Supporting information

S1 Fig.

Native structures from (A) nuclease-resistant sequence from a Murray Valley Encephalitis virus 3’ UTR (PDB 4PQV), (B) D. radiodurans SRP hairpin domain (PDB 2XXA), and (C) twister ribozyme from Oryza sativa (PDB 4OIJ). Base pairs are drawn with black lines for canonical pairs and red lines for non-canonical pairs. Base pairs were found from the coordinates using 3DNA-DSSR version 1.1.2, all cis-Watson-Watson pairs are called canonical.


S1 Table. PDB codes of sequences used from RNAstrand in benchmark.


S2 Table. Performance of structure prediction methods.


S3 Table. Statistical comparison for prediction of canonical pairs with energy minimization algorithm.


S4 Table. Statistical comparison of CycleFold partition function against energy minimization algorithms for canonical pairs.


S5 Table. Statistical comparison for prediction of non-canonical pairs with energy minimization algorithm.


S6 Table. Statistical comparison of CycleFold partition function against energy minimization algorithms for non-canonical pairs.


S7 Table. Statistical comparison of CycleFold (MFE) partition function with canonical constraints against energy minimization algorithms for non-canonical pairs.


S8 Table. Statistical comparison of performance between CycleFold-TurboFold and plmc.


S1 Data. Information about structure prediction accuracy of each sequence when using CycleFold, Fold, MC-Fold, and MC-Fold-DP.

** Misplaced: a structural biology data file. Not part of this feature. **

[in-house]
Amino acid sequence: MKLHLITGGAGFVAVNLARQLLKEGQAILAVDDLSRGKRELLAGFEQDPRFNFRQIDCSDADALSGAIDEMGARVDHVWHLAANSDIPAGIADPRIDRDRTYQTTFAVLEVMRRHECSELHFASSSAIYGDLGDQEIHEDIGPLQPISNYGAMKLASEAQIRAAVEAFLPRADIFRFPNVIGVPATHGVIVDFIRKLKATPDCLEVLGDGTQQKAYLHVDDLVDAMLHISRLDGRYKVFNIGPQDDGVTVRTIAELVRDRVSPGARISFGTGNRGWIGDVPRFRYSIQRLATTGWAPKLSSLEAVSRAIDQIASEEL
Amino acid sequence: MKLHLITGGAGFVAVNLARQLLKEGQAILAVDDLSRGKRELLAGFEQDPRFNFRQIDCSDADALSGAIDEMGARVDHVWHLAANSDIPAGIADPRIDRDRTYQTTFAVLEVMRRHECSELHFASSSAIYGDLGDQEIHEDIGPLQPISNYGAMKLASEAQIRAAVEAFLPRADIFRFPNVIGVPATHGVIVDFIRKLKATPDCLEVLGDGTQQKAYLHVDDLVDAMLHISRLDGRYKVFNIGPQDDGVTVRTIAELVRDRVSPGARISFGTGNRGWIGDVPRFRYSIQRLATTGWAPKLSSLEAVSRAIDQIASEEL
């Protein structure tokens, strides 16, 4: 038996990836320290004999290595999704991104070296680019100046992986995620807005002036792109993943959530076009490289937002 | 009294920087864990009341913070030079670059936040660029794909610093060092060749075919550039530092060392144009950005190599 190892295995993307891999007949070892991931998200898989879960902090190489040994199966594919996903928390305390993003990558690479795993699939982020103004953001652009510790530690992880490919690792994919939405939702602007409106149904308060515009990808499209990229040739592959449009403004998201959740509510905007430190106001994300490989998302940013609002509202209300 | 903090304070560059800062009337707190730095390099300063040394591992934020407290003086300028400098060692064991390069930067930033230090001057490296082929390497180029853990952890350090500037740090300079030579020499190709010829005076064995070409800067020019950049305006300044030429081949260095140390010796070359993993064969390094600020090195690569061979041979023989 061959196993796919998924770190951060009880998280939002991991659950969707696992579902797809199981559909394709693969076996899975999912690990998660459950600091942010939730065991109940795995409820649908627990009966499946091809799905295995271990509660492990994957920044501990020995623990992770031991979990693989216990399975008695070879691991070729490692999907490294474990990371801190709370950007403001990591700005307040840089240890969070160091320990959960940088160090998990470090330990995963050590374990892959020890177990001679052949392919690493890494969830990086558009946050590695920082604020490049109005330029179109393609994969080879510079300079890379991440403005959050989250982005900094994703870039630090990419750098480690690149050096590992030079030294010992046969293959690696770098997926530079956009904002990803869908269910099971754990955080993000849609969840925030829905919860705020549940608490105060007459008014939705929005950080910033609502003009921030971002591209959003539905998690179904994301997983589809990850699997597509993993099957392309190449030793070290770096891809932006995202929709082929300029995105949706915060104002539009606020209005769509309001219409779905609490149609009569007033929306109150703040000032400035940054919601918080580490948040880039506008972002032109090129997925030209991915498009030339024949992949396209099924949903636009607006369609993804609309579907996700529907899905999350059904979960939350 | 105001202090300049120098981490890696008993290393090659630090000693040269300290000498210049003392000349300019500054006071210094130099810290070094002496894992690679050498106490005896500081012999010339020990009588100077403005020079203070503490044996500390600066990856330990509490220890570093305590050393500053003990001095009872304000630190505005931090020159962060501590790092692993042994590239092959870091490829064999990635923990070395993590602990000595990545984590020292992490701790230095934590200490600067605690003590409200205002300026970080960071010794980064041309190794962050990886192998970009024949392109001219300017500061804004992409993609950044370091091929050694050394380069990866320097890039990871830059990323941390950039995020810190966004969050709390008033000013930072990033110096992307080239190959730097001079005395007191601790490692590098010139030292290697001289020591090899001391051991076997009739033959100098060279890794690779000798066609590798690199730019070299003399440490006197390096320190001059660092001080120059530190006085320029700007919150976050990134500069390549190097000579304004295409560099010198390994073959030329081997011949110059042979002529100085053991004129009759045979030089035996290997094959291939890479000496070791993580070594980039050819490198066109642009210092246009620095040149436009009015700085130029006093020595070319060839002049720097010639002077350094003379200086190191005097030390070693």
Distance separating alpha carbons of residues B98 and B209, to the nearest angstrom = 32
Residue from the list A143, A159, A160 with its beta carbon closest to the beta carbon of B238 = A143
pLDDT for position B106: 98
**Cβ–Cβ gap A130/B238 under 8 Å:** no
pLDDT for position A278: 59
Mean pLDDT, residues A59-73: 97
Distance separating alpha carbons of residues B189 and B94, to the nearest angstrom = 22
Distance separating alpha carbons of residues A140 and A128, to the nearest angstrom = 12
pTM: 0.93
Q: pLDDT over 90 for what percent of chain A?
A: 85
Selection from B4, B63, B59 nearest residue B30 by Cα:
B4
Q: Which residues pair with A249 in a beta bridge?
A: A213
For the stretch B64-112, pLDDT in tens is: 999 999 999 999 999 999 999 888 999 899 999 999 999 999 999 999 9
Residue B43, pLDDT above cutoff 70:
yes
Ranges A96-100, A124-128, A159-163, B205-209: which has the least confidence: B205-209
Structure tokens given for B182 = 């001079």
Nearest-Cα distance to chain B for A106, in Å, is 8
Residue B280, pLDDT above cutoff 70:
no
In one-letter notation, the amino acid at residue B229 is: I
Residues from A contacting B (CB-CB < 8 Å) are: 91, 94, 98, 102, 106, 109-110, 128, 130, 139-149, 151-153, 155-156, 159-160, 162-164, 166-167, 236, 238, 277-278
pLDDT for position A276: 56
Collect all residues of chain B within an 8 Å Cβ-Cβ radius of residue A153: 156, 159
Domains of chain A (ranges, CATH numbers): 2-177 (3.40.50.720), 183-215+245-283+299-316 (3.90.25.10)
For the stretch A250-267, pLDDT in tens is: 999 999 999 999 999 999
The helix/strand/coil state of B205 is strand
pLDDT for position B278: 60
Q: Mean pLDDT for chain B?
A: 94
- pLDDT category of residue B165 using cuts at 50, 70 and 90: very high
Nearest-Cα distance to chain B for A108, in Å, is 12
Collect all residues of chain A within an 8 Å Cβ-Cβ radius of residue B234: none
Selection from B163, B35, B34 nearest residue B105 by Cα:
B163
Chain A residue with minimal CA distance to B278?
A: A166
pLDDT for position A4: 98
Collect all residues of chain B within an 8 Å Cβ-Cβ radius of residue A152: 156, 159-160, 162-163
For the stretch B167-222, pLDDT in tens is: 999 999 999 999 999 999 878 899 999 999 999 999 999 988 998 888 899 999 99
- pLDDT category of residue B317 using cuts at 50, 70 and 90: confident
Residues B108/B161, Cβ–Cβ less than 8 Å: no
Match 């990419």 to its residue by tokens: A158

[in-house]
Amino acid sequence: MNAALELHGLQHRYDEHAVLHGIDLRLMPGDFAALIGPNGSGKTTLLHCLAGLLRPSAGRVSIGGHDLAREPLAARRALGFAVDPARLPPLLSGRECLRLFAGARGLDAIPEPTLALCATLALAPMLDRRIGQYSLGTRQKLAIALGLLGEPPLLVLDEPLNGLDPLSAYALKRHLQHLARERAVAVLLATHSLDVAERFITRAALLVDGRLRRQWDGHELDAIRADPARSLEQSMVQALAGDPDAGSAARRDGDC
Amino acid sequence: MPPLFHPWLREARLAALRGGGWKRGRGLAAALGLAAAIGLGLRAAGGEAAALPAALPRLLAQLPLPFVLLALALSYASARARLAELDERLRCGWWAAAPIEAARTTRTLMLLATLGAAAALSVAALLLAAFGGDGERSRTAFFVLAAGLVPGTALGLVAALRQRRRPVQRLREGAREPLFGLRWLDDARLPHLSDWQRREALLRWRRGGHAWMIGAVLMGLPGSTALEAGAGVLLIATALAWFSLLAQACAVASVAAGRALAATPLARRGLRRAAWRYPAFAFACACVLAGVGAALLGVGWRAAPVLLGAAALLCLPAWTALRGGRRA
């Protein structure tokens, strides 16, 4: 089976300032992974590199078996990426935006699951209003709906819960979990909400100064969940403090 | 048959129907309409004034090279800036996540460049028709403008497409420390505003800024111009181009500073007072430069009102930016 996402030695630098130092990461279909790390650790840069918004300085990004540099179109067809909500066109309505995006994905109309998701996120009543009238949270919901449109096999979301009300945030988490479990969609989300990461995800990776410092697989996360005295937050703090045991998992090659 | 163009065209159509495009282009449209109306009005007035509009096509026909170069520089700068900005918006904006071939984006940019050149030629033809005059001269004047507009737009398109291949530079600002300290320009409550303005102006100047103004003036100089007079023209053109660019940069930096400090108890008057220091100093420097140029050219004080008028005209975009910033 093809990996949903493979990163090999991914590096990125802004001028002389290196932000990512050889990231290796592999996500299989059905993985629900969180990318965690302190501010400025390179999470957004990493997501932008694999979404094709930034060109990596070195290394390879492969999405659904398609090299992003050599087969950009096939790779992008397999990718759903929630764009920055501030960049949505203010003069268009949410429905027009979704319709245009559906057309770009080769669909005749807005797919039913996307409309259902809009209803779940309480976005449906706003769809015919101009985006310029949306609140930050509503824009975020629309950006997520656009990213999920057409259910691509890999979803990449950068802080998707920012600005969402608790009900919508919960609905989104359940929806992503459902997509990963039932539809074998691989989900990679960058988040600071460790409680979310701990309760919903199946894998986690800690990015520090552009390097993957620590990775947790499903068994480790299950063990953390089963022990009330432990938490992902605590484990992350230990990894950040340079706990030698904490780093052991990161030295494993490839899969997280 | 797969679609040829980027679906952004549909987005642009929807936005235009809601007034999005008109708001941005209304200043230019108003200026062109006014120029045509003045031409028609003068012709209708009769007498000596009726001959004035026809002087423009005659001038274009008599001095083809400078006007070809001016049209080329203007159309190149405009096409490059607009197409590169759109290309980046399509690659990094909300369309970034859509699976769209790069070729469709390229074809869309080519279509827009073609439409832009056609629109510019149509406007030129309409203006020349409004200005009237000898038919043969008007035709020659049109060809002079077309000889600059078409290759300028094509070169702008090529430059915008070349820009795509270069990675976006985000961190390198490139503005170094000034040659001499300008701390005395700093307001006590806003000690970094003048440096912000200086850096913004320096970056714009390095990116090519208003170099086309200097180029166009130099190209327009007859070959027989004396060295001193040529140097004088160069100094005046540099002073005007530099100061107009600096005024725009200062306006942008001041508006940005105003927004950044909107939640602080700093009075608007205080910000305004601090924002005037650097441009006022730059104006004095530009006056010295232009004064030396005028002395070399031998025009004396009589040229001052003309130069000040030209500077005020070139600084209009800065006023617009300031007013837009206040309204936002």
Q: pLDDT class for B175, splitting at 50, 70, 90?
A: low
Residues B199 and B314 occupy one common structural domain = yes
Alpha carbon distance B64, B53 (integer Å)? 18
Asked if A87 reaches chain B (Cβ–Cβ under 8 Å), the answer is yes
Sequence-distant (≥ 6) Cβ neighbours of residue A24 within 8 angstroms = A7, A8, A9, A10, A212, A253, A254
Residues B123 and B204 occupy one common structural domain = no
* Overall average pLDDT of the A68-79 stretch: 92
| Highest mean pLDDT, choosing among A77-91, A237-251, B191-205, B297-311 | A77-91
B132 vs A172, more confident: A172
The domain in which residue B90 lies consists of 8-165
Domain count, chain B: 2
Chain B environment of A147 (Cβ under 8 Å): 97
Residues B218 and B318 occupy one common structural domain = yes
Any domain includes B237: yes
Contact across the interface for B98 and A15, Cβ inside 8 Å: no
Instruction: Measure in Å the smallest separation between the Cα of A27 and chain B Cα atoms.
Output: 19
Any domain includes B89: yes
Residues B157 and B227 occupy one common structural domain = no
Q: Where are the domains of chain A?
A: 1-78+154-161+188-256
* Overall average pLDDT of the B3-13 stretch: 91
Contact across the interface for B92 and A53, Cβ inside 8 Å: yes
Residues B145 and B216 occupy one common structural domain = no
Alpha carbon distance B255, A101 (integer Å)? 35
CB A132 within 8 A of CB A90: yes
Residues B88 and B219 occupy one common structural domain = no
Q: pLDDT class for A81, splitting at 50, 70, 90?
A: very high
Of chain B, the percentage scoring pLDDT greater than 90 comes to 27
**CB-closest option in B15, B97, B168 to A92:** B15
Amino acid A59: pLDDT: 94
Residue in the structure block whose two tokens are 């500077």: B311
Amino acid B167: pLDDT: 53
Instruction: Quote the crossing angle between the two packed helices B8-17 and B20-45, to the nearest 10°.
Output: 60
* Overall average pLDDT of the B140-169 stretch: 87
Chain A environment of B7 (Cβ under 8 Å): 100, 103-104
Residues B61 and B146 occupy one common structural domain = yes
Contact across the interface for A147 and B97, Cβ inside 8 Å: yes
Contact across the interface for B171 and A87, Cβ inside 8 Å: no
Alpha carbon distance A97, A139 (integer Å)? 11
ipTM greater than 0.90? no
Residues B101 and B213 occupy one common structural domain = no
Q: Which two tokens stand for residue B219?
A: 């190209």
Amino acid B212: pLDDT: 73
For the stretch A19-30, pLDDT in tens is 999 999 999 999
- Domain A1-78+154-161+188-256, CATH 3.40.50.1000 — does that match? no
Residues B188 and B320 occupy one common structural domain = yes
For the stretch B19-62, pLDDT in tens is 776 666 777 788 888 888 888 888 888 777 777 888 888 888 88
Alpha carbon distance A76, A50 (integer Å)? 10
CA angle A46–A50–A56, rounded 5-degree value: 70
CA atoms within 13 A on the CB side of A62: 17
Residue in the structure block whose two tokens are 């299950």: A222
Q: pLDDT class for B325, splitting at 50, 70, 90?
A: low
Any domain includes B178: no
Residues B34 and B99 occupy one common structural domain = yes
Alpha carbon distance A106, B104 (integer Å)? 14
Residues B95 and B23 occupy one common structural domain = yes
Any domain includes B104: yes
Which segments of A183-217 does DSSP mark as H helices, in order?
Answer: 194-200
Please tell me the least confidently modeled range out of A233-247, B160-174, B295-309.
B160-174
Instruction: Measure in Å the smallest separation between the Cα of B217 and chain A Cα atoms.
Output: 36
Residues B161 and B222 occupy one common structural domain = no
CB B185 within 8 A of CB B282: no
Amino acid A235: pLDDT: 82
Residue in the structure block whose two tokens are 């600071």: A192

We thank Richard M. Watson for his help preparing figures and preparing software for release.


  1. 1. Cech TR, Steitz JA (2014) The noncoding RNA revolution-trashing old rules to forge new ones. Cell 157: 77–94. pmid:24679528
  2. 2. Berman HM, Westbrook J, Feng Z, Gilliland G, Bhat TN, et al. (2000) The Protein Data Bank. Nucleic Acids Res 28: 235–242. pmid:10592235
  3. 3. Leontis N, Zirbel CL (2012) Nonredundant 3D Structure Datasets for RNA Knowledge Extraction and Benchmarking. In: Leontis N, Westhof E, editors. RNA 3D Structure Analysis and Prediction: Springer Berlin Heidelberg.
  4. 4. Derrien T, Johnson R, Bussotti G, Tanzer A, Djebali S, et al. (2012) The GENCODE v7 catalog of human long noncoding RNAs: analysis of their gene structure, evolution, and expression. Genome Res 22: 1775–1789. pmid:22955988
  5. 5. Dill KA, MacCallum JL (2012) The protein-folding problem, 50 years on. Science 338: 1042–1046. pmid:23180855
  6. 6. Moult J, Fidelis K, Kryshtafovych A, Schwede T, Tramontano A (2016) Critical assessment of methods of protein structure prediction: Progress and new directions in round XI. Proteins 84 Suppl 1: 4–14.